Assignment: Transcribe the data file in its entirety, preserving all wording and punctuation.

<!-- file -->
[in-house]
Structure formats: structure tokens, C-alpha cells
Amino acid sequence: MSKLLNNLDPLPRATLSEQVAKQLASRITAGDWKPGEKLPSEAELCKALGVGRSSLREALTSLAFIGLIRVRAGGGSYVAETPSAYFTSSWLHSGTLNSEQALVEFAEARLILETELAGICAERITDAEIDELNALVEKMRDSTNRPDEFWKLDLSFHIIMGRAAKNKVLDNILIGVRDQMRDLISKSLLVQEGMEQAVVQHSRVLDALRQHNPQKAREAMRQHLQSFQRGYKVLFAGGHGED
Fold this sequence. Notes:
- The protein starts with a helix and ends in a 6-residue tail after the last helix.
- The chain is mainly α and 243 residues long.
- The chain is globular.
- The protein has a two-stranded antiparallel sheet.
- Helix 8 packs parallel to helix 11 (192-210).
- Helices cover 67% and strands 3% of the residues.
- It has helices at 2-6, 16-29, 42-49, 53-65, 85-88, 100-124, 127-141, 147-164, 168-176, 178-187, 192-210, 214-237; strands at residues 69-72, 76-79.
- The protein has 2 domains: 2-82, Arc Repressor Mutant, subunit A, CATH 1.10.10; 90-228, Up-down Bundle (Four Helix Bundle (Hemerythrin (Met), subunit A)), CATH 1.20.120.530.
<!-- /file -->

[in-house]
Structure formats: structure tokens, C-alpha cells
Amino acid sequence: MSKLLNNLDPLPRATLSEQVAKQLASRITAGDWKPGEKLPSEAELCKALGVGRSSLREALTSLAFIGLIRVRAGGGSYVAETPSAYFTSSWLHSGTLNSEQALVEFAEARLILETELAGICAERITDAEIDELNALVEKMRDSTNRPDEFWKLDLSFHIIMGRAAKNKVLDNILIGVRDQMRDLISKSLLVQEGMEQAVVQHSRVLDALRQHNPQKAREAMRQHLQSFQRGYKVLFAGGHGED
Fold this sequence. Notes:
- The protein starts with a helix and ends in a 6-residue tail after the last helix.
- The chain is mainly α and 243 residues long.
- The chain is globular.
- The protein has a two-stranded antiparallel sheet.
- Helix 8 packs parallel to helix 11 (192-210).
- Helices cover 67% and strands 3% of the residues.
- It has helices at 2-6, 16-29, 42-49, 53-65, 85-88, 100-124, 127-141, 147-164, 168-176, 178-187, 192-210, 214-237; strands at residues 69-72, 76-79.
- The protein has 2 domains: 2-82, Arc Repressor Mutant, subunit A, CATH 1.10.10; 90-228, Up-down Bundle (Four Helix Bundle (Hemerythrin (Met), subunit A)), CATH 1.20.120.530.